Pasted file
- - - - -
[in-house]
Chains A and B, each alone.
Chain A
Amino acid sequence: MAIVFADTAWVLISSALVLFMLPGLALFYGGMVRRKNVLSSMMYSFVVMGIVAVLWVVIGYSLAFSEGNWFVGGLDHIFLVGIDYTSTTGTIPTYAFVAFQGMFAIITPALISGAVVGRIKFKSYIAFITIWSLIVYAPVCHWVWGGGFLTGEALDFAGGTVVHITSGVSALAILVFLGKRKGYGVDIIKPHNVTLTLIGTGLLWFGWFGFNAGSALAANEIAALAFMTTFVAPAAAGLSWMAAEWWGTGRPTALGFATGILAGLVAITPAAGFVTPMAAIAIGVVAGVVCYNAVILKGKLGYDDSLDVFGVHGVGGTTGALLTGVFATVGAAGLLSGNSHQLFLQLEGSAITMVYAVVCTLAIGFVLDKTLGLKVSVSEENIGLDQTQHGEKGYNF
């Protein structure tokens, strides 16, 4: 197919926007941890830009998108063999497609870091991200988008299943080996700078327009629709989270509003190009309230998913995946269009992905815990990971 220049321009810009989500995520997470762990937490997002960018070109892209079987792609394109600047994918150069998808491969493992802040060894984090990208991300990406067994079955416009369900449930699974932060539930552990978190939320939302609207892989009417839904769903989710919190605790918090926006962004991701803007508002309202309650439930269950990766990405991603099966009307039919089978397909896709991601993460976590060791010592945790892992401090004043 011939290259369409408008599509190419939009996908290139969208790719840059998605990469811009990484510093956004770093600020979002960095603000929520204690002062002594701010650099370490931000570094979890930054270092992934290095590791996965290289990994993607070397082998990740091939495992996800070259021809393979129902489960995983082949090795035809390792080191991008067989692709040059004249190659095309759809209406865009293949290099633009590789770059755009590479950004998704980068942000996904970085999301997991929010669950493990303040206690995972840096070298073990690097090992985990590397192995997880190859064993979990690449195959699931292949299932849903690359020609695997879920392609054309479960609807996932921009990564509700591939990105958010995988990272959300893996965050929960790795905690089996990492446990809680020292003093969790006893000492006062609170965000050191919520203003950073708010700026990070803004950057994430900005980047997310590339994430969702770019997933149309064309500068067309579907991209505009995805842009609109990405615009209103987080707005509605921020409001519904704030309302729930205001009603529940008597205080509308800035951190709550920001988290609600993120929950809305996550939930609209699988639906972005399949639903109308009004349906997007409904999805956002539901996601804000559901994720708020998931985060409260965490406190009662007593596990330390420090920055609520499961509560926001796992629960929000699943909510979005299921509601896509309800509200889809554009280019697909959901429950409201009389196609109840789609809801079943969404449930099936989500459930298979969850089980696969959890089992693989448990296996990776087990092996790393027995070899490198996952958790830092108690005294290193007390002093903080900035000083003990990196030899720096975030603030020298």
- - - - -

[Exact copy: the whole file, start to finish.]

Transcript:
[in-house]
Chains A and B, each alone.
Chain A
Amino acid sequence: MAIVFADTAWVLISSALVLFMLPGLALFYGGMVRRKNVLSSMMYSFVVMGIVAVLWVVIGYSLAFSEGNWFVGGLDHIFLVGIDYTSTTGTIPTYAFVAFQGMFAIITPALISGAVVGRIKFKSYIAFITIWSLIVYAPVCHWVWGGGFLTGEALDFAGGTVVHITSGVSALAILVFLGKRKGYGVDIIKPHNVTLTLIGTGLLWFGWFGFNAGSALAANEIAALAFMTTFVAPAAAGLSWMAAEWWGTGRPTALGFATGILAGLVAITPAAGFVTPMAAIAIGVVAGVVCYNAVILKGKLGYDDSLDVFGVHGVGGTTGALLTGVFATVGAAGLLSGNSHQLFLQLEGSAITMVYAVVCTLAIGFVLDKTLGLKVSVSEENIGLDQTQHGEKGYNF
């Protein structure tokens, strides 16, 4: 197919926007941890830009998108063999497609870091991200988008299943080996700078327009629709989270509003190009309230998913995946269009992905815990990971 220049321009810009989500995520997470762990937490997002960018070109892209079987792609394109600047994918150069998808491969493992802040060894984090990208991300990406067994079955416009369900449930699974932060539930552990978190939320939302609207892989009417839904769903989710919190605790918090926006962004991701803007508002309202309650439930269950990766990405991603099966009307039919089978397909896709991601993460976590060791010592945790892992401090004043 011939290259369409408008599509190419939009996908290139969208790719840059998605990469811009990484510093956004770093600020979002960095603000929520204690002062002594701010650099370490931000570094979890930054270092992934290095590791996965290289990994993607070397082998990740091939495992996800070259021809393979129902489960995983082949090795035809390792080191991008067989692709040059004249190659095309759809209406865009293949290099633009590789770059755009590479950004998704980068942000996904970085999301997991929010669950493990303040206690995972840096070298073990690097090992985990590397192995997880190859064993979990690449195959699931292949299932849903690359020609695997879920392609054309479960609807996932921009990564509700591939990105958010995988990272959300893996965050929960790795905690089996990492446990809680020292003093969790006893000492006062609170965000050191919520203003950073708010700026990070803004950057994430900005980047997310590339994430969702770019997933149309064309500068067309579907991209505009995805842009609109990405615009209103987080707005509605921020409001519904704030309302729930205001009603529940008597205080509308800035951190709550920001988290609600993120929950809305996550939930609209699988639906972005399949639903109308009004349906997007409904999805956002539901996601804000559901994720708020998931985060409260965490406190009662007593596990330390420090920055609520499961509560926001796992629960929000699943909510979005299921509601896509309800509200889809554009280019697909959901429950409201009389196609109840789609809801079943969404449930099936989500459930298979969850089980696969959890089992693989448990296996990776087990092996790393027995070899490198996952958790830092108690005294290193007390002093903080900035000083003990990196030899720096975030603030020298």